In 1992, V and T, two 10 year-old kids, took a 2 year-old child and attached him to the railroads of a train station after seing on television that trains usually stop when someone is on the train tracks. The child, unfortunately did not make it and died. V and T were judged as adults because they were 10 years old at the time of the events and, as such, were automatically attributed ?? criminal responsibility. They were sentenced to prison for an indefinite time, ‘during Her Majesty’s pleasure’ (BBC News, 1999) and remained in prison until their majority.
Is it fair to hold an adult trial for children aged 10 ? The ECHR did not think so. Firstly, the children were lucky to have a laywer ; in Common Law, defendants have the right to be represented by a laywer, meaning that they also have the right not to, whereas the presence of a laywer is supposed to be mandatory when children are being prosecuted. Furthermore, the trial wasn’t held behind closed doors, it was open to the public which is very intimidating for young children. It might be possible that the kids did not say everything they wanted to say for their defense because of it. When reviewing this case, the ECHR clearly stated that trials implicating minors should be held behind closed doors. The Court also stated that the children didn’t have the opportunity to fully participate in their own trial because the proceedings were not adapted to their level of maturity. (ECHR, 1999)
In her Master’s thesis La responsabilité pénale des mineurs en droit belge, français, et anglais, Laura Delsaux presented the points of view of two eminent psychologists who published their work on the development of the conception of justice in the minds of children and adults. This is an especially accurate point to analyse when we know that the judicial systems for minors mentioned in this essay are all based on moral grounds such as the notion of judgement/discernment in Belgium and France and the notion of discretion in the UK, yet none of them use psychological evaluations to establish criminal responsibility. It is solely decided by the judge.
But can a judge better evaluate a child’s state of mind than a psychologist ? Psychology provides invaluable input. It helps establishing when a child develops abilities to understand a certain behaviour and its consequences. It also helps determining when a child develops the capacity to form intent and when they are capable of adjusting their behaviour based on the consequences it may have. «Truth is, if you ask very young children if they know right and wrong, most of them would say yes» psychologist Dr Liane Pena Alampay says. But situations are often more complicated than just right versus wrong: «its not just knowing, but having the capacity to act on that knowledge» she adds (Geronimo, 2017).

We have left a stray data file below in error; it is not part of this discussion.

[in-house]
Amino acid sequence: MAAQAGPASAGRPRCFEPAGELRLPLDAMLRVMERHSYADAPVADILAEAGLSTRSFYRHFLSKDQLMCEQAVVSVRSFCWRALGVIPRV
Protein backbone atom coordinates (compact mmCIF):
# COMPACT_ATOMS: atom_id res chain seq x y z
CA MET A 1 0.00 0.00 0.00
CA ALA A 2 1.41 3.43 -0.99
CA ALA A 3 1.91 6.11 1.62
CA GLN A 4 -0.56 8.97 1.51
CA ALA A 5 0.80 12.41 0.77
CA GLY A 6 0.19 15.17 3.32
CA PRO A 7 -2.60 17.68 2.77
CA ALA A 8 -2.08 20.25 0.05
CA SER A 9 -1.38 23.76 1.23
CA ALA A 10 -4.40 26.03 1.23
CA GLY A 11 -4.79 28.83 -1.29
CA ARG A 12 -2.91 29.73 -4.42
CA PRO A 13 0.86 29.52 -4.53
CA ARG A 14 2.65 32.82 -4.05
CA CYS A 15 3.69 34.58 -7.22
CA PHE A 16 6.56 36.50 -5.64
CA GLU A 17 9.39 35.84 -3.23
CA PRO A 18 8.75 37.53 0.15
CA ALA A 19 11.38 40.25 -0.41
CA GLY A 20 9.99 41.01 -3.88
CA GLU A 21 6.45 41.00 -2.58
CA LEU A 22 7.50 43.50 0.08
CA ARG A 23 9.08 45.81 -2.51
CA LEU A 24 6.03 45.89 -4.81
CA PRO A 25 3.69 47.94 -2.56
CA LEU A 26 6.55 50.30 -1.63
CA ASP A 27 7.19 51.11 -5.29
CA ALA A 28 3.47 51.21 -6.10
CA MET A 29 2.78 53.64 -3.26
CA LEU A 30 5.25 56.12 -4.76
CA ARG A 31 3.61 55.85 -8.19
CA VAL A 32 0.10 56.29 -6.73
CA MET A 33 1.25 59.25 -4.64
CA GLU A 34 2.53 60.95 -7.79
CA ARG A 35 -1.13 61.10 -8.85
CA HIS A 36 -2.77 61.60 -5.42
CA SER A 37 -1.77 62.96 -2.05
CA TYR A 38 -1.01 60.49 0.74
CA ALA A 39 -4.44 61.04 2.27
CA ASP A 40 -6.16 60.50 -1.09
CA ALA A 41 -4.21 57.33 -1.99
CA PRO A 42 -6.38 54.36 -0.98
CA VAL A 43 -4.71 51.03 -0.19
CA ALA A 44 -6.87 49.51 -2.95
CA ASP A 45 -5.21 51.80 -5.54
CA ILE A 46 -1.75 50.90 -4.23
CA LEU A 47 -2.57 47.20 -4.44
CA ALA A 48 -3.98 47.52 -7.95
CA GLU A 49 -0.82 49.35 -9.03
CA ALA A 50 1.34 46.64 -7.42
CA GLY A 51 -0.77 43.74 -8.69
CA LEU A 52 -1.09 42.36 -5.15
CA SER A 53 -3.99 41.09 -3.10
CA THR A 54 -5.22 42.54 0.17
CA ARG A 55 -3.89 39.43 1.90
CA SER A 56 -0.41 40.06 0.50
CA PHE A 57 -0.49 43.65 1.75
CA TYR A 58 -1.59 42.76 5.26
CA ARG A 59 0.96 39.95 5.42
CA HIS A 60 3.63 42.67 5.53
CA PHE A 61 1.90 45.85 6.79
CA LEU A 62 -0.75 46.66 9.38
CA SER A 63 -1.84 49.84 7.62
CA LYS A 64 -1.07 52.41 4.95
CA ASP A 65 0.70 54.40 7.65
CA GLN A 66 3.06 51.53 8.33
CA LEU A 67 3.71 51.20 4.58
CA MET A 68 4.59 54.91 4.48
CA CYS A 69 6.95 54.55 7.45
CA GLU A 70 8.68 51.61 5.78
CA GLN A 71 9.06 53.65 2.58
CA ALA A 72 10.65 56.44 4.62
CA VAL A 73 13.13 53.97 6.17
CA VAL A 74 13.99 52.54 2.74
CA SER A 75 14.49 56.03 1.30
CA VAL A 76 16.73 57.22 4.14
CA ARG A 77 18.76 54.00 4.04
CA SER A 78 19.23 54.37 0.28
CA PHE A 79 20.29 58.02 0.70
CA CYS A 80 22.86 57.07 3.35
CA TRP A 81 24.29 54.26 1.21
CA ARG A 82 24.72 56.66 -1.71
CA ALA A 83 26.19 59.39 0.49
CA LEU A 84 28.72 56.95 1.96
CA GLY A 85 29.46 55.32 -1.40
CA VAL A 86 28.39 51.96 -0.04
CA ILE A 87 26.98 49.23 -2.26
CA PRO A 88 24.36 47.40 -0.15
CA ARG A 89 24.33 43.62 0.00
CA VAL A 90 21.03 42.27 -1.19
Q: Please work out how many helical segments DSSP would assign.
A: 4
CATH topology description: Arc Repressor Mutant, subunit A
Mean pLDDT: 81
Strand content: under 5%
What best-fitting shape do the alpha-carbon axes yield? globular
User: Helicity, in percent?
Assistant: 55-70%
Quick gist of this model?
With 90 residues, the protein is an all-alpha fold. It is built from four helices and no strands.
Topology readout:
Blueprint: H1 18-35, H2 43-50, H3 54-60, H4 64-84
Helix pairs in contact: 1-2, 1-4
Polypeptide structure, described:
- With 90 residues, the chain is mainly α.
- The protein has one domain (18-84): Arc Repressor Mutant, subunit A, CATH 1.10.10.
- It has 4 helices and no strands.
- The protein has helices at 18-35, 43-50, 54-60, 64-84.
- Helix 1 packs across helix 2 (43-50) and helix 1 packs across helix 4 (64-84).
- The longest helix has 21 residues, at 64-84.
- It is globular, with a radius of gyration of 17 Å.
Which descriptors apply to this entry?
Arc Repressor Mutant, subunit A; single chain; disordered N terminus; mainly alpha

The most eminent and influential psychologists who have worked and written on the development of moral reasoning in the child are Piaget and Kohlberg. Piaget studied the progressive capacity of children to go from objective responsibility to subjective responsibility (Kugelmass & Breznitz, 1967). He observed that before the ages of 10 and 11, children understand responsibility in terms of fear of the sanction. It is only between 11 and 14 years old that a young person starts understanding the idea of cause-effect and young people can develop this concept until the age of 17. Additional studies support this theory and even add that during that period, the child is not completely morally independent and capable of resisting provocations and temptations from adults and other peers (Delsaux, 2016).
Kohlberg extended Piaget’s theory. He outlined three stages: the first one is called ‘pre-conventional level’ which concerns children until 9 years old and is based on the understanding and respect of rules in order to avoid punishment. The second stage is called the ‘conventional level’, it affects individuals between 10 and 20 years old and refers to the law as the main value to conform to. The last stage is called ‘post-conventional’. It concerns young adults from 20 to 25 years old and refers to the internal ethical principles of an individual who will start acting according to them. He adds that the third stage is rarely attained by adults. We usually stop our moral development at stage two (Pryde ; Delsaux, 2016).
As such, applying the same standards to an 11-year-old child and to an adult amounts to ignoring the differences in the psychological development of the two individuals. What is odd is that in most countries, a child is deemed responsible enough to learn to drive a car at 17, for instance, but is considered capable of committing a crime at as early as 10 ? In Belgium, the concept of divestiture sends the message that a 16-year-old teenager is exempted of having discernment when committing a simple theft but could, all of a sudden, have complete discernment when committing a theft with violence ? Those irregularities highlight the contradiction of expecting children to behave a certain way in a society that is not always adapted to their needs.